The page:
Saturday, January 29, 2011
8:20 p.m. Le Boucher
Claude Chabrol (France, 1970). Two misfits—a Parisian schoolteacher and a shy butcher—find each other by stages in the rural Dordogne region as a serial killer stalks their town, in Chabrol’s noirish update of Beauty and the Beast. “Both a love story and a horror movie . . . recorded with the fervor of a Balzac” (Village Voice). (93 mins)

Friday, February 4, 2011
7:00 p.m. La Femme infidèle
Claude Chabrol (France, 1969). In this brilliant portrait of marriage interruptus, a successful insurance broker, Charles (Michel Bouquet), suspects that his wife Hélène (Stéphane Audran) has a lover, and she does. “A model of psychological nuance, La Femme infidèle is both perverse and touching”(TIFF Cinematheque). “Exquisitely detailed, impeccably acted, stunningly directed” (Pauline Kael). (102 mins)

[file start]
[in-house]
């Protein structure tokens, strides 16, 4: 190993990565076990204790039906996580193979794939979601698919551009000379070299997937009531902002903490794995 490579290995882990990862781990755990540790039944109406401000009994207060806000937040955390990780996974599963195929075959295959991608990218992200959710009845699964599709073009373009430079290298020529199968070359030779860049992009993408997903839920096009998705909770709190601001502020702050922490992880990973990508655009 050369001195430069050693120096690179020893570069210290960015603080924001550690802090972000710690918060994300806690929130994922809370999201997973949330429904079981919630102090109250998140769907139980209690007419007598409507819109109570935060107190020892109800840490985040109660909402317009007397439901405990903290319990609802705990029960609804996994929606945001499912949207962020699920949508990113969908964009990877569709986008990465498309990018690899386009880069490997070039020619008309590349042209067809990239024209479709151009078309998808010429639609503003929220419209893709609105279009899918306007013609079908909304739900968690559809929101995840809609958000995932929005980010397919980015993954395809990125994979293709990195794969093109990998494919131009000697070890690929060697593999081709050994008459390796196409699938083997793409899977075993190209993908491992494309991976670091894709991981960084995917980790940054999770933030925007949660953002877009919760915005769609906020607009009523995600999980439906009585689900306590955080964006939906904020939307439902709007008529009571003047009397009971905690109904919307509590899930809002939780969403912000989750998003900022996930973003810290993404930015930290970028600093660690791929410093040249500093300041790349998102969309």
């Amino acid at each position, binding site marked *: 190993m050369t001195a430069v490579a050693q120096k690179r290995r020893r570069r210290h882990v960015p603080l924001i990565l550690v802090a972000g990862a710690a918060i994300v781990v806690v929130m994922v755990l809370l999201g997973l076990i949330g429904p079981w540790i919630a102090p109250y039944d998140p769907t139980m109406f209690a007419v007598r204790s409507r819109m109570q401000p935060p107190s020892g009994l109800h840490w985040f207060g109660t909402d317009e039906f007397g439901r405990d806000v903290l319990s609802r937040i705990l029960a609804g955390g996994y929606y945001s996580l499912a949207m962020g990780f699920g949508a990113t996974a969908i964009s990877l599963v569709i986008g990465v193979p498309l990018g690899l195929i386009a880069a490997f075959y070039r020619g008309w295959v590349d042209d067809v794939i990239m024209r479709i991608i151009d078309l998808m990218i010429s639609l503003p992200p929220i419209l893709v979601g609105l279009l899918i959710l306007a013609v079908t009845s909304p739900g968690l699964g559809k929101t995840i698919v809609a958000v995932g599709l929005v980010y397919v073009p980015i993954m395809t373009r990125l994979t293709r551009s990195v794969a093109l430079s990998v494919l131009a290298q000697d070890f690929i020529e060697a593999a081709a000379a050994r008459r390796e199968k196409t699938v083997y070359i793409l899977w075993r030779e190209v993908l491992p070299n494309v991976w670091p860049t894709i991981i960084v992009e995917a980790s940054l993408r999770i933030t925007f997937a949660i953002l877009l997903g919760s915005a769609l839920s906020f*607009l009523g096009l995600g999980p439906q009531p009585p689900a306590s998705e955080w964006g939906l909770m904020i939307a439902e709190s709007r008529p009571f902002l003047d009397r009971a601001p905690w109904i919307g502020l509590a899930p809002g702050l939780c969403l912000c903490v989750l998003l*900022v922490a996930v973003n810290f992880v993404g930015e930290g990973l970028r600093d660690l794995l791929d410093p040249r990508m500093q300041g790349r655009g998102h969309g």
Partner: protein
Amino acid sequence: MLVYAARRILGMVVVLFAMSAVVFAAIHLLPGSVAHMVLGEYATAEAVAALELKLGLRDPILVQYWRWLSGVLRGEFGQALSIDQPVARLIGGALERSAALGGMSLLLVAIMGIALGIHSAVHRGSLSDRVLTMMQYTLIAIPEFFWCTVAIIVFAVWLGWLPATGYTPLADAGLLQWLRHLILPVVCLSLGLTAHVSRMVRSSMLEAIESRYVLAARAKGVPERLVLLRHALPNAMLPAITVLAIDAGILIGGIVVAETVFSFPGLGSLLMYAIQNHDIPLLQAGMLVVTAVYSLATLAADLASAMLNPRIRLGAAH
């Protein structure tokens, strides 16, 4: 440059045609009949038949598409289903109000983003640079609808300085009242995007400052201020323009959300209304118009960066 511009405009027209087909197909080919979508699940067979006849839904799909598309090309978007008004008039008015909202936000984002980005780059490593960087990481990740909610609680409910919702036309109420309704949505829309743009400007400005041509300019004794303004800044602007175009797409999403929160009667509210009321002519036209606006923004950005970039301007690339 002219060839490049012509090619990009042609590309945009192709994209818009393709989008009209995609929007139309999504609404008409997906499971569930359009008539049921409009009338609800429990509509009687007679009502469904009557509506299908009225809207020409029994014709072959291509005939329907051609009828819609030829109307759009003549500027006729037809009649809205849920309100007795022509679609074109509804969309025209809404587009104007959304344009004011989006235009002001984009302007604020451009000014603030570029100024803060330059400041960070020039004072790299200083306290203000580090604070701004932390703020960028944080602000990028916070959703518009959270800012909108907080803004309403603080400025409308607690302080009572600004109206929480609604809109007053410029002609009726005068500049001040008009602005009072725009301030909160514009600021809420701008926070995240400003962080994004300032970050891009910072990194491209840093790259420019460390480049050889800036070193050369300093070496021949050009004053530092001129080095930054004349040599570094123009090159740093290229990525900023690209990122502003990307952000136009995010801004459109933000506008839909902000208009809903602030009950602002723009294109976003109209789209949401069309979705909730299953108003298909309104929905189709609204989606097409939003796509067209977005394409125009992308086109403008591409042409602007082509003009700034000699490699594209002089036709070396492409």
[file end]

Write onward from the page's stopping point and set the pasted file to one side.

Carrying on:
Friday, February 4, 2011
9:00 p.m. Violette Nozière
Claude Chabrol (France, 1978). A rare screening of Chabrol’s classic, chilling portrait of a parricidal teenager in 1930s France. “The riveting Huppert provides a brilliant portrait of inscrutable fatalism behind an impenetrable mask” (Village Voice). (122 mins)

Saturday, February 5, 2011
8:35 p.m. Vertigo
Alfred Hitchcock (U.S., 1958). Detective Jimmy Stewart combs the Bay Area looking for the secret behind Kim Novak’s beauty in Hitchcock’s sinister ode to voyeurism, death, and amorous fixation. “Perhaps the finest film starring San Francisco” (San Francisco Chronicle). (128 mins)

Friday, February 11, 2011
7:00 p.m. Rope